NASA should have sent up a poet or an artist, he reckons, to describe the view for all mankind. Because for forty-six years now, the question is always the same: “What did it feel like on the moon?” He doesn’t have an answer. “Magnificent desolation,” he called it, while he was there.
“There are pictures of David that I would never publish,” Rock says. “I got him in his knickers, just camping around. At the time he didn’t even think about it, because there was nowhere to publish them.”
Her days of stripping bare and cutting herself are over. Soon, if she has her way, she won’t be at the gallery at all. “You remove this, you remove that, and now I am removing myself.”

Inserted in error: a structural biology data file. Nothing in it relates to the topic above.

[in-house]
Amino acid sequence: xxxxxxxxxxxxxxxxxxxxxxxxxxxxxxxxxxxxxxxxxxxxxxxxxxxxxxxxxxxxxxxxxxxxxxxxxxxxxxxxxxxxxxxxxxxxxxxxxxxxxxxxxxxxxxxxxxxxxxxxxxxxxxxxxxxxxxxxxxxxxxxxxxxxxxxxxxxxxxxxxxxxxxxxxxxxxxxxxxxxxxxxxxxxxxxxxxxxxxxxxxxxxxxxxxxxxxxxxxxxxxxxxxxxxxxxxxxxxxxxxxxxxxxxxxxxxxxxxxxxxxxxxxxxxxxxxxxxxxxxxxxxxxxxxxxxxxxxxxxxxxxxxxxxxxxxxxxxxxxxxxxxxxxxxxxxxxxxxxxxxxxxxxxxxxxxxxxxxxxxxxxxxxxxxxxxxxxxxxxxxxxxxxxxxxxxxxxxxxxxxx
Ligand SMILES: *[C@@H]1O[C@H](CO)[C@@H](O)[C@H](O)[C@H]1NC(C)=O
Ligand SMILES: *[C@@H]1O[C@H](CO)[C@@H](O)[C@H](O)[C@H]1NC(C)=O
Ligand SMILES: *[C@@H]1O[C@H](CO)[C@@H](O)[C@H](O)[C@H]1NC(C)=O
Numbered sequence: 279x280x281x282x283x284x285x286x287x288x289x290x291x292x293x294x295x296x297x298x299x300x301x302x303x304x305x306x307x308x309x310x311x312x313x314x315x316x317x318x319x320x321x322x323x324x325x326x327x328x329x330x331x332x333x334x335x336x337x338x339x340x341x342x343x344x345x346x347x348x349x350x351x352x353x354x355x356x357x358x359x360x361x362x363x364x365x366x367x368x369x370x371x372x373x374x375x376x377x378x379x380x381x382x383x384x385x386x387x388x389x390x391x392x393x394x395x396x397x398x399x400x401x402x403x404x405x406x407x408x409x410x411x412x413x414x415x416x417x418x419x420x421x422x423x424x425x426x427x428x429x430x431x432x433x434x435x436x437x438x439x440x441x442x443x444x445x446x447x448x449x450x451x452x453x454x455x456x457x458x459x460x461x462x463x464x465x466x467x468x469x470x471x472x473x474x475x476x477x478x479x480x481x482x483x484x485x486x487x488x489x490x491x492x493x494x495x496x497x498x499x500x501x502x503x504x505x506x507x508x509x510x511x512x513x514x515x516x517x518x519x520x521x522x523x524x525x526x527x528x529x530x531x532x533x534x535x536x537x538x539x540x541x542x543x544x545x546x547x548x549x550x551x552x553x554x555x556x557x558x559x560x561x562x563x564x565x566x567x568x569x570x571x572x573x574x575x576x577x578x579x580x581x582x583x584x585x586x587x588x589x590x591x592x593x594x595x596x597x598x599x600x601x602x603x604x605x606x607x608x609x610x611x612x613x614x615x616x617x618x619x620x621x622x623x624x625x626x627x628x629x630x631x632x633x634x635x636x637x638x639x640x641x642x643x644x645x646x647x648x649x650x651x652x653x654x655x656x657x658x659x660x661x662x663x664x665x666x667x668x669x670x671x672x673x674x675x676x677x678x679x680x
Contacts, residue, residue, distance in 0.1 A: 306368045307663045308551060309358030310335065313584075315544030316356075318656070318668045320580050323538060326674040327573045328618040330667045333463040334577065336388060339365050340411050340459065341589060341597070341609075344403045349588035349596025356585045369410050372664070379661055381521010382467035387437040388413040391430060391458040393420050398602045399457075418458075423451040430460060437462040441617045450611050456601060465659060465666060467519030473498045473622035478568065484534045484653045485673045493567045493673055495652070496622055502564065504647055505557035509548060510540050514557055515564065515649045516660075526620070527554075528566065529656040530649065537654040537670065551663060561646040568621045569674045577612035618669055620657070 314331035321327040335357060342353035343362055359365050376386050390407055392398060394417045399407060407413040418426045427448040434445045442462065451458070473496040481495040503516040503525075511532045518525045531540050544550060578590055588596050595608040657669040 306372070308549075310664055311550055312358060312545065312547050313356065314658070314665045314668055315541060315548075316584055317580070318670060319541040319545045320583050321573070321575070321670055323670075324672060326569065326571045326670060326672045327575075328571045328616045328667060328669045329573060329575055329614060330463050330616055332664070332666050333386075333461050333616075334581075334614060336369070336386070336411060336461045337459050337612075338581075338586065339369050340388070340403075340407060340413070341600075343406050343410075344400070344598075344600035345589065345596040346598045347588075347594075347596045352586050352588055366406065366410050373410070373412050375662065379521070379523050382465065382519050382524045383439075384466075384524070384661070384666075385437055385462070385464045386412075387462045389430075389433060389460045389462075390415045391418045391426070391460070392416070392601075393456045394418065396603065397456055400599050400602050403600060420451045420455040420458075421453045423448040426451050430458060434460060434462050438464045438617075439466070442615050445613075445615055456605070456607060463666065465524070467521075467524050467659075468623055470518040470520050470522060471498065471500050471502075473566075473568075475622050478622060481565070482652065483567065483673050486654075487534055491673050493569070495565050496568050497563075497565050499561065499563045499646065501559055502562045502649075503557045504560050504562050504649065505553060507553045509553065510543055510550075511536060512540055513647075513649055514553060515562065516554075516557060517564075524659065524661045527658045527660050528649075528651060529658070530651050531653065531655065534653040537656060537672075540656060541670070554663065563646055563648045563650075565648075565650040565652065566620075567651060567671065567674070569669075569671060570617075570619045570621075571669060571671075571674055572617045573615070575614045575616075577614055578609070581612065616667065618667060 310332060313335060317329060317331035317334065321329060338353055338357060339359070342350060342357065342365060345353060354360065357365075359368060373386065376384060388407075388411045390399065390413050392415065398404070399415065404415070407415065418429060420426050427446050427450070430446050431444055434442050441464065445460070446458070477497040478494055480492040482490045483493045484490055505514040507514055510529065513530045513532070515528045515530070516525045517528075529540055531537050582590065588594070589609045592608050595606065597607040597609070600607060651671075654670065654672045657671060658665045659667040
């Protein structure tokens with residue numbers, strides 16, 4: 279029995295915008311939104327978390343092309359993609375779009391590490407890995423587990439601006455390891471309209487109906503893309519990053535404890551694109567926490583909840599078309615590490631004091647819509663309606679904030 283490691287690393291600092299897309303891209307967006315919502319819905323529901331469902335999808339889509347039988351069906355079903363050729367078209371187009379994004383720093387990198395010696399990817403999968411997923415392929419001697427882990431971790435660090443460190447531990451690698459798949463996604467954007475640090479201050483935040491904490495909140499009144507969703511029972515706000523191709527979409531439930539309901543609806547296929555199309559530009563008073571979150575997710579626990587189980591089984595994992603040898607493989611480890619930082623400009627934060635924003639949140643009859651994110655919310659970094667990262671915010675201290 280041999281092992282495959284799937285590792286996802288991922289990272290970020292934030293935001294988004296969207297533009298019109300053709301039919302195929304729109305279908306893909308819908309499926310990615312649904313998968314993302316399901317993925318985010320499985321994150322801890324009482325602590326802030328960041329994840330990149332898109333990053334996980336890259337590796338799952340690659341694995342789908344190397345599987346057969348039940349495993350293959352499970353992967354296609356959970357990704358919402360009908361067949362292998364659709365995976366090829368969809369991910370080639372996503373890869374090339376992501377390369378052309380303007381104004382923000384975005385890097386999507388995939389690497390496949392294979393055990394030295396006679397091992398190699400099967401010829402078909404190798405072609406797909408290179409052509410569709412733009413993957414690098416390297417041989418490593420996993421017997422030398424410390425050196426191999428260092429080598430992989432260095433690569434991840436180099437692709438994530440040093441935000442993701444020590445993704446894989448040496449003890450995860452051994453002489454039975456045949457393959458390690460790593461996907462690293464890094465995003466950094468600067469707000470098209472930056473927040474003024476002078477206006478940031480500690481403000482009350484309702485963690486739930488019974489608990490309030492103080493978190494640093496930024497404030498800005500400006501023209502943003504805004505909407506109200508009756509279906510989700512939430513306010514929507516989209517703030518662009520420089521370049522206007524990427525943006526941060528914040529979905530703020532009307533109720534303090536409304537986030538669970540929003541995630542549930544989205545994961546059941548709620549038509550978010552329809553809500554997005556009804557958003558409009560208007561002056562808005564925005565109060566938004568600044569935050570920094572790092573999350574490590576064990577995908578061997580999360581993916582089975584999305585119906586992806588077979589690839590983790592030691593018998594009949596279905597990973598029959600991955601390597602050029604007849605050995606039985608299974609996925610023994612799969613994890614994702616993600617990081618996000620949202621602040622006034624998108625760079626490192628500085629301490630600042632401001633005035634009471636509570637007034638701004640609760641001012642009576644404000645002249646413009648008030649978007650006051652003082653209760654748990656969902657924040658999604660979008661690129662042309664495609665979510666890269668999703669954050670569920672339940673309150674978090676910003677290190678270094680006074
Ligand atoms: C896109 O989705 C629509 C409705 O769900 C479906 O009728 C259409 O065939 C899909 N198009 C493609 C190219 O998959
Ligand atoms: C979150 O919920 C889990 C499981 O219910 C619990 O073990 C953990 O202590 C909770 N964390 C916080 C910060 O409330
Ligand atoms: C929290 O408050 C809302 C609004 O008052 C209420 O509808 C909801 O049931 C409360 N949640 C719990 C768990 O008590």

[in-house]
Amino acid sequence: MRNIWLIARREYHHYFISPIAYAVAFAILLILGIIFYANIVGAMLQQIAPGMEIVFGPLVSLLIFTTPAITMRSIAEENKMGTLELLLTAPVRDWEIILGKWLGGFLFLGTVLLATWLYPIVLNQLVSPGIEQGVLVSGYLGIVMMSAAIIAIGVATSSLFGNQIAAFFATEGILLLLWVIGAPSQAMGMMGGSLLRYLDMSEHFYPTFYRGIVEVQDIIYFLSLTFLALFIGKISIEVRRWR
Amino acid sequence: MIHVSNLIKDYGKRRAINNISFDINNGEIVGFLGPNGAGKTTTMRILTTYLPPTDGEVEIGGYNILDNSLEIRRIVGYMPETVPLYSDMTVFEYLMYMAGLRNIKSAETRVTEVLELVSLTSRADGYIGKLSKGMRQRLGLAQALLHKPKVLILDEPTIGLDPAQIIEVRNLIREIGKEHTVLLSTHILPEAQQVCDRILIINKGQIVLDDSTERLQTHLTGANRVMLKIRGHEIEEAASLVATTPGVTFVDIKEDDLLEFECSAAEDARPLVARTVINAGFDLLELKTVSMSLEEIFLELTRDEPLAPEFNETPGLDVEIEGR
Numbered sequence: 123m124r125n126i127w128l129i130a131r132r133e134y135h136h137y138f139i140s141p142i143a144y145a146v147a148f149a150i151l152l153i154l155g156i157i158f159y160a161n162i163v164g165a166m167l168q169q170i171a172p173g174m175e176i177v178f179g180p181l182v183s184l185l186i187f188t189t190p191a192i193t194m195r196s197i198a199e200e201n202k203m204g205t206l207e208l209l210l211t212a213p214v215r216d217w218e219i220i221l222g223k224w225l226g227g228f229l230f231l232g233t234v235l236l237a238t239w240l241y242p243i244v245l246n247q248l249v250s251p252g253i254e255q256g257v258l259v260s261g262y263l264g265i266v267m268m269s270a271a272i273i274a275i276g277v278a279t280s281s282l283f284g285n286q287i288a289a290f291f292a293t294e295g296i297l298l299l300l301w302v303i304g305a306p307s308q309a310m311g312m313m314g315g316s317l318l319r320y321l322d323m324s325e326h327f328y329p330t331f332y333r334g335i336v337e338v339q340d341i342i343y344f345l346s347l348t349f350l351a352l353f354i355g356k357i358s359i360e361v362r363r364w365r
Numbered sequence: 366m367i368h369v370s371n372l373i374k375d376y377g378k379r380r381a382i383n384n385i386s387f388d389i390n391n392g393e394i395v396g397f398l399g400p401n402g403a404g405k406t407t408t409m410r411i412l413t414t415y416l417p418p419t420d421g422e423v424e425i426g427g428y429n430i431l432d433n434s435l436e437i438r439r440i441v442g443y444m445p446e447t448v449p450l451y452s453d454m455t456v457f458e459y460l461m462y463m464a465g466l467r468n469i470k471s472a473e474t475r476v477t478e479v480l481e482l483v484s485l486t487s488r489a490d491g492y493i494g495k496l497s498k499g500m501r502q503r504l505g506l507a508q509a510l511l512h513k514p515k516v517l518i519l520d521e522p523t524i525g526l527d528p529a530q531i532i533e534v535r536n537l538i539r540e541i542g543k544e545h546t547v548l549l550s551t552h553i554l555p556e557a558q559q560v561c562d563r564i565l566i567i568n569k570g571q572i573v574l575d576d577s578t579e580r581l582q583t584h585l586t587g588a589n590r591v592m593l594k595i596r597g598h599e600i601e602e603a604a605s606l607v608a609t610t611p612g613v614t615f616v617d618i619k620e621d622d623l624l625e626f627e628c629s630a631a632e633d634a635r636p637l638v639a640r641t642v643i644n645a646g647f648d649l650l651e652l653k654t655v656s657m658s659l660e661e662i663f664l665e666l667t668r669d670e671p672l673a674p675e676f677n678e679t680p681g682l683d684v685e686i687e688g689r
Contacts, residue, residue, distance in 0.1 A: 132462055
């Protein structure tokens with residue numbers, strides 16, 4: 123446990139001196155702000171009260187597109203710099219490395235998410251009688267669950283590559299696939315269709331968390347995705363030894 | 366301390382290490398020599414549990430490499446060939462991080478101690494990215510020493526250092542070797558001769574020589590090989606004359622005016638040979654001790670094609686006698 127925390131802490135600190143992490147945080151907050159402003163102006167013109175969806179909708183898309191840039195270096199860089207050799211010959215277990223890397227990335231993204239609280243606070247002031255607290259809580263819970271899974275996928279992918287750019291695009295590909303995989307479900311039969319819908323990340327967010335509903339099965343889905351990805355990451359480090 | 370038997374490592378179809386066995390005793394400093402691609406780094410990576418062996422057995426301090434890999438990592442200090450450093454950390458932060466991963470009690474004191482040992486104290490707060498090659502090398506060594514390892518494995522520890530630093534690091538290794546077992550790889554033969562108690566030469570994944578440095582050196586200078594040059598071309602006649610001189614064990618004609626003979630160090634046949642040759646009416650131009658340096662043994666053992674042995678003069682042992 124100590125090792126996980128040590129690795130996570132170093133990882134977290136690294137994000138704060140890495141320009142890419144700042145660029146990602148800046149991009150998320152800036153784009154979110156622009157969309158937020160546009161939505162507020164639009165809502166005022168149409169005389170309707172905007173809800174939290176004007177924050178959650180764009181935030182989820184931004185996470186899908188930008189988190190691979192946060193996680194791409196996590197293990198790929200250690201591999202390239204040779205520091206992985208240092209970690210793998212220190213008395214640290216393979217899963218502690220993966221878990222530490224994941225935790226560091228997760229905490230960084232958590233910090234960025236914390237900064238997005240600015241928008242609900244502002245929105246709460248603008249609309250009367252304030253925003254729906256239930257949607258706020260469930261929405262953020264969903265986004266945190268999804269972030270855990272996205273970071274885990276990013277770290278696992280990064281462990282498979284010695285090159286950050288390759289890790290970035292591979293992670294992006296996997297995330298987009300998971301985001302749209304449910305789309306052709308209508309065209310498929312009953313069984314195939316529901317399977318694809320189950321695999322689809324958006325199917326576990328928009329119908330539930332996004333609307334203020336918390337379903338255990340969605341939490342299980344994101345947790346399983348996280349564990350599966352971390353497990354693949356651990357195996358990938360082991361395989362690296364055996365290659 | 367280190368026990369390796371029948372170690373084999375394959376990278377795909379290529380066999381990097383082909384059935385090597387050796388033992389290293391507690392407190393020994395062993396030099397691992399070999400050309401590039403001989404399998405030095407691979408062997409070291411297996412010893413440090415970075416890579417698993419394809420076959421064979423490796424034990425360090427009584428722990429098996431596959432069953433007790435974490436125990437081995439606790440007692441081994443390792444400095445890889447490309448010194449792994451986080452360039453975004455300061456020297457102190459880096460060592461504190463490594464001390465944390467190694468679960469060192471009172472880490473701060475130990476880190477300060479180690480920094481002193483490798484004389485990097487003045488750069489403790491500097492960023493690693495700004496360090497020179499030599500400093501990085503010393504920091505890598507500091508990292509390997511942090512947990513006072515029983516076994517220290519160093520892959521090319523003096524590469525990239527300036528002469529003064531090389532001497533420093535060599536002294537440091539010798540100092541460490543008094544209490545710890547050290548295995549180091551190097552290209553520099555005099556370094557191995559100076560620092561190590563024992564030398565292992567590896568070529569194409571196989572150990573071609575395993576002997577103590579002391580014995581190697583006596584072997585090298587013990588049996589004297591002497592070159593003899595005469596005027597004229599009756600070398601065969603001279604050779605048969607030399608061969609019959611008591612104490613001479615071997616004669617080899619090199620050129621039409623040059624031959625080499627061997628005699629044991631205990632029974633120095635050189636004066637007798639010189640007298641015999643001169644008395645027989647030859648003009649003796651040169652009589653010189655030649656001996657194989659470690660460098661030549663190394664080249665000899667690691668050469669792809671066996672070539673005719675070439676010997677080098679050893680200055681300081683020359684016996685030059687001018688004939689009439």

Some think the riots damaged the community. Others call it an uprising. “There’s power in non-violent protest,” said Shorty, “but you need to show that you’re capable of violence as well.”
“Pacification is a mask that hides what is happening in Rio. The city is selling itself as a safe place, for the World Cup and for the Olympics, but in the favela, we know how it really is.”
A few days after the execution date was confirmed, I received a message: Swearingen wanted me to watch him die.
Hancock is a musical pioneer of rare courage but to many jazz fans he will always be a sideman in Miles Davis’s second great quintet. He knows it, too. He quotes his mentor six times in an hour.